The rear feet have three toes and the front feet have an extra, very low.
The tapirs have a flexible trunk, prehensile and covered by hair sensitive to smell and humidity.
They eat fruits, leaves, stems, shoots, small branches, grass, aquatic plants, bark of trees, aquatic organisms and even graze on plantations of cane, melon, cocoa, rice and corn.
During mating, males attract females with shrill whistles. Copulation can occur both in and out of the water. The couple split up after that.
More than one puppy is rarely born; it has a different coloration than adults: they are streaked with brown and white. He is breastfed until the mother is lactating. In a year and a half he is grown up and looks like an adult.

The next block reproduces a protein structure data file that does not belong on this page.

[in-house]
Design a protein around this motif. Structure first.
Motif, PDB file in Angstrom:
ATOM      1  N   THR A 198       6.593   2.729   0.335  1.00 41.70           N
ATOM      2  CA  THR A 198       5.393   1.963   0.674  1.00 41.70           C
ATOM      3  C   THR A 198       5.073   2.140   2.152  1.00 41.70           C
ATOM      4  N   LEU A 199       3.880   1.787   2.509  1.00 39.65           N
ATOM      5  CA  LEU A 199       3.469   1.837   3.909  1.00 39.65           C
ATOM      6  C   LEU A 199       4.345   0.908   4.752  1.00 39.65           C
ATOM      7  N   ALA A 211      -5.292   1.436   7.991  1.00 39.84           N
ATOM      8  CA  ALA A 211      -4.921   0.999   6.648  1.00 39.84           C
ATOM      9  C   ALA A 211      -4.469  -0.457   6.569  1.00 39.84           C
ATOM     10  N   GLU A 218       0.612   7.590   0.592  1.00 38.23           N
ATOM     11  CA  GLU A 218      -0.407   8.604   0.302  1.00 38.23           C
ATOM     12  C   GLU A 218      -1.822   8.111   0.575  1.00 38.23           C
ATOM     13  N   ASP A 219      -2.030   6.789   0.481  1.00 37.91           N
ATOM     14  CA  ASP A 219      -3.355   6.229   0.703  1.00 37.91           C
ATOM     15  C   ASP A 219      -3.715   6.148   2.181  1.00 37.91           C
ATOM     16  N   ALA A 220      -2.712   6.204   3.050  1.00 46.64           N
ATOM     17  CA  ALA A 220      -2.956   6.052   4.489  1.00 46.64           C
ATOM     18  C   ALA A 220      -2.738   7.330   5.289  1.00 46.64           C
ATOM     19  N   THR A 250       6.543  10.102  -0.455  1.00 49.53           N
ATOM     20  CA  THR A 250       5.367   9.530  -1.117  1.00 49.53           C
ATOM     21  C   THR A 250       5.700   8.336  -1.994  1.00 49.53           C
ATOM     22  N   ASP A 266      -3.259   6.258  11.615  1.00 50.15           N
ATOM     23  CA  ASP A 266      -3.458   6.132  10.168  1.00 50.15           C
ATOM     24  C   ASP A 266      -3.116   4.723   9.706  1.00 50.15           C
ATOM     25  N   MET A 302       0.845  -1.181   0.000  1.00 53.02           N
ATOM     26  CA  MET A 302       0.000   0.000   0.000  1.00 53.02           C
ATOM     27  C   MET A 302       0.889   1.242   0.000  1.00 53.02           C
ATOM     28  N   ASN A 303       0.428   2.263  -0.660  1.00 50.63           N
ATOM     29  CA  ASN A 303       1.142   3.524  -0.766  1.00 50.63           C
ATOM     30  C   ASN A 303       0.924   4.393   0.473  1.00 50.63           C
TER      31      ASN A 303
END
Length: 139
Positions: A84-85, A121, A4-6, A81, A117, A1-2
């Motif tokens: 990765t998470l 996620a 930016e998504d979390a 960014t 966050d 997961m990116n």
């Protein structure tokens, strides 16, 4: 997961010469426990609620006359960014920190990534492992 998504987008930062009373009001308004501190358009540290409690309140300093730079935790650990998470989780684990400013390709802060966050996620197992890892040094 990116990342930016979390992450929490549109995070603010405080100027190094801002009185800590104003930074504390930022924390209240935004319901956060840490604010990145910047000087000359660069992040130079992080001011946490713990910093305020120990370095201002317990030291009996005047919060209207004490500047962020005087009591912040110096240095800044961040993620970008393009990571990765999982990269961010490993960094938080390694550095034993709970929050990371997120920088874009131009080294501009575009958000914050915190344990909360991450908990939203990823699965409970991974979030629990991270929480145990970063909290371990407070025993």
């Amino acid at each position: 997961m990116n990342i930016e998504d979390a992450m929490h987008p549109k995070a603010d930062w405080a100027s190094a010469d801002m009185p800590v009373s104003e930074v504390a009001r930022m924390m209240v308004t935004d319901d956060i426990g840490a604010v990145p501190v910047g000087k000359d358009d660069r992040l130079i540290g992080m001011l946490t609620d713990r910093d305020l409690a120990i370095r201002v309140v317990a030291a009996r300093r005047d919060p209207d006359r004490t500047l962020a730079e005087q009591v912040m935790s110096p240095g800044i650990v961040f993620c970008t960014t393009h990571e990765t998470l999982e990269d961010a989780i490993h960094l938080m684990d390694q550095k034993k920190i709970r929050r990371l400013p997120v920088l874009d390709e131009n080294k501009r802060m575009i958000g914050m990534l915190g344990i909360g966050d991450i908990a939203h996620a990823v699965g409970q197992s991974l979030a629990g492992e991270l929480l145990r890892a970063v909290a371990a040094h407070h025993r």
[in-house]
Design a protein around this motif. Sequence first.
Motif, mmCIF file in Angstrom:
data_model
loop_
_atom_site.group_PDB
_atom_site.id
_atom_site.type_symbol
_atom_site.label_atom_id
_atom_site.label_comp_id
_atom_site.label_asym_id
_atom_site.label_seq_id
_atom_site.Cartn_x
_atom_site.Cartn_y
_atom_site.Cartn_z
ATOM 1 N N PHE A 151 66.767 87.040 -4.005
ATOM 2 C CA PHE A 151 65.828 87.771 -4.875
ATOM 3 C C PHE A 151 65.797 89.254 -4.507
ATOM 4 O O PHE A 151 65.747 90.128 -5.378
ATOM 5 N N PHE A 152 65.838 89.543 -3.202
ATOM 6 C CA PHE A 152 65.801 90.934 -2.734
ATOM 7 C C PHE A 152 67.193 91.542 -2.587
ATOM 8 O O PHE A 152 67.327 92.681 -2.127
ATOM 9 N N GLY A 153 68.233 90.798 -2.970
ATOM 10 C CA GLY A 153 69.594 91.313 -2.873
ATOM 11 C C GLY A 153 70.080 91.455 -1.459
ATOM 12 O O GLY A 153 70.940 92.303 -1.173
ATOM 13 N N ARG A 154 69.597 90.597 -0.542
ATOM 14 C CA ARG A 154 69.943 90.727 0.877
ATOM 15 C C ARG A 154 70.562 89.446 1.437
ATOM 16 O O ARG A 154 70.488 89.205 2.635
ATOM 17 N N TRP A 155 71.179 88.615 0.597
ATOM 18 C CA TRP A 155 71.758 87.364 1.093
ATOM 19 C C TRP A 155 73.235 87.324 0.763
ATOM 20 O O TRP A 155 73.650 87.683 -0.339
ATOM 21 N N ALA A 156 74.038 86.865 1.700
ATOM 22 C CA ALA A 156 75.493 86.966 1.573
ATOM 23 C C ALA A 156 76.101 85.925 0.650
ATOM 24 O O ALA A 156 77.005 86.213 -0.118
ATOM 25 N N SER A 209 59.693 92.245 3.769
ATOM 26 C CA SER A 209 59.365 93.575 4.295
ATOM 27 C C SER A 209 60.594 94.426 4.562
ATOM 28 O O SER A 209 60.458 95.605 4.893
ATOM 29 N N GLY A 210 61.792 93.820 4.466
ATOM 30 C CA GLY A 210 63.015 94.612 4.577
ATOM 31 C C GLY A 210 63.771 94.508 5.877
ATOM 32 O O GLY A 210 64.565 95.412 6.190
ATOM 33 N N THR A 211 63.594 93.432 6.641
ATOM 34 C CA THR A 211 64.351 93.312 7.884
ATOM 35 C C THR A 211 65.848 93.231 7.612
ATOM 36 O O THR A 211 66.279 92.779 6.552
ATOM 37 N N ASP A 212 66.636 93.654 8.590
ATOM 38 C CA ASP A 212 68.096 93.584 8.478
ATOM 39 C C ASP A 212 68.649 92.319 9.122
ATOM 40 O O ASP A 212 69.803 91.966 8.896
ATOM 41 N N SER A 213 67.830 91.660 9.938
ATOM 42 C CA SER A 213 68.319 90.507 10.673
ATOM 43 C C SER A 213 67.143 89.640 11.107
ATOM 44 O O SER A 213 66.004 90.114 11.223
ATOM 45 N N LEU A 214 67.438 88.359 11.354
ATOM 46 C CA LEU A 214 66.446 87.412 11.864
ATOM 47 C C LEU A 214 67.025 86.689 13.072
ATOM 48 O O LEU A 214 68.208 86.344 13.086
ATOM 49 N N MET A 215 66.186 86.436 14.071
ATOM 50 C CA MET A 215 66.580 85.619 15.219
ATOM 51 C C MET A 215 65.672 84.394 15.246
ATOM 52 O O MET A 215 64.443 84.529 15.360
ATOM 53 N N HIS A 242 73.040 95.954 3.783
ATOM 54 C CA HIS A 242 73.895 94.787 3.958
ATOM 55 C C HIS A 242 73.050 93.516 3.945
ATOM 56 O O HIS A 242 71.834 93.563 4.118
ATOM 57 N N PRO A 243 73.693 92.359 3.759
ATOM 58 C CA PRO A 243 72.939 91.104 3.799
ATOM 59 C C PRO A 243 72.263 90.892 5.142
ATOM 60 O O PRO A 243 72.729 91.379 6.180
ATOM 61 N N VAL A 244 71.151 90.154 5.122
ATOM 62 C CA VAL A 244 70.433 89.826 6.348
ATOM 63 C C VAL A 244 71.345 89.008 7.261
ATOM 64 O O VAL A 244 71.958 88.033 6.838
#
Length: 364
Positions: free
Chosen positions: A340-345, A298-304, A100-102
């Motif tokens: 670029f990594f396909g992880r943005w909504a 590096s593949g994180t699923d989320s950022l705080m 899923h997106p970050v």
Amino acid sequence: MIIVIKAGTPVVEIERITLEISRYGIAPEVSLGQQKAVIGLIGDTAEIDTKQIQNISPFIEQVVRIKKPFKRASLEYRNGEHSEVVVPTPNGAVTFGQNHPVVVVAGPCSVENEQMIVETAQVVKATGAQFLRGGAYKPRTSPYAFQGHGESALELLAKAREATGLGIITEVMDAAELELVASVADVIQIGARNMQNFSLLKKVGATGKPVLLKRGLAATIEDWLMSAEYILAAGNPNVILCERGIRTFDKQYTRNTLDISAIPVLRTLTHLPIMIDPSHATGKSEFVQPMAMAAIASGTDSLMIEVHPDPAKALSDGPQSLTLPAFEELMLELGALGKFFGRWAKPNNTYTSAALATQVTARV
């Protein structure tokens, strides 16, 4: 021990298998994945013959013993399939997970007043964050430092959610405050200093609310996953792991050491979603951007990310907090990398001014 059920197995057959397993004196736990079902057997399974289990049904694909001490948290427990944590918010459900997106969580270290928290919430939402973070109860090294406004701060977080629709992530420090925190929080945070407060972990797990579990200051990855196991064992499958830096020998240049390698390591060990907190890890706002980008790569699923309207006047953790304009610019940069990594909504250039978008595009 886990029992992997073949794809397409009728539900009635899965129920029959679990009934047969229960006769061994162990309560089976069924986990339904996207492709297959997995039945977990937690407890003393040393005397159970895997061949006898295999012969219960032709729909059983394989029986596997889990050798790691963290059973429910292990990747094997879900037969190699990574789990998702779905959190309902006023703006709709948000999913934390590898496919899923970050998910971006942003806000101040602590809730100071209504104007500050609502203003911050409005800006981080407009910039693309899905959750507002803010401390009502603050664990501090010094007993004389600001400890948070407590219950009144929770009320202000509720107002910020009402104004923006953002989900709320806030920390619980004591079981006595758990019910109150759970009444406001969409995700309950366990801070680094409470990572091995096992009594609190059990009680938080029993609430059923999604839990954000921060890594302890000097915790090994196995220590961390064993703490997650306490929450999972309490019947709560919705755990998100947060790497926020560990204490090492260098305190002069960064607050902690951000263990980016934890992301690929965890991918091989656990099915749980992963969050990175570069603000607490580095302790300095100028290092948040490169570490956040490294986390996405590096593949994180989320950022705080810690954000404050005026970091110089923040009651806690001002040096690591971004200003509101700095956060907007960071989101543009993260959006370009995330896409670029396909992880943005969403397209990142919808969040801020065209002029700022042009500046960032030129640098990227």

During the day, the tapir is hidden in the forest.
At night, leave the hiding place to graze.
Its footprints, difficult to be confused, can be seen at dawn on open trails in the forest, on the banks of rivers and even at the bottom of the lagoons.
The tapir takes frequent baths of mud and water to get rid of parasites like ticks, flies, etc. That is why it is found close to rivers and humid forests.
Animals with solitary habits are found accompanied only during the mating season or during breastfeeding.
Males regularly urinate in the same places, perhaps to show other individuals of the same species their presence there.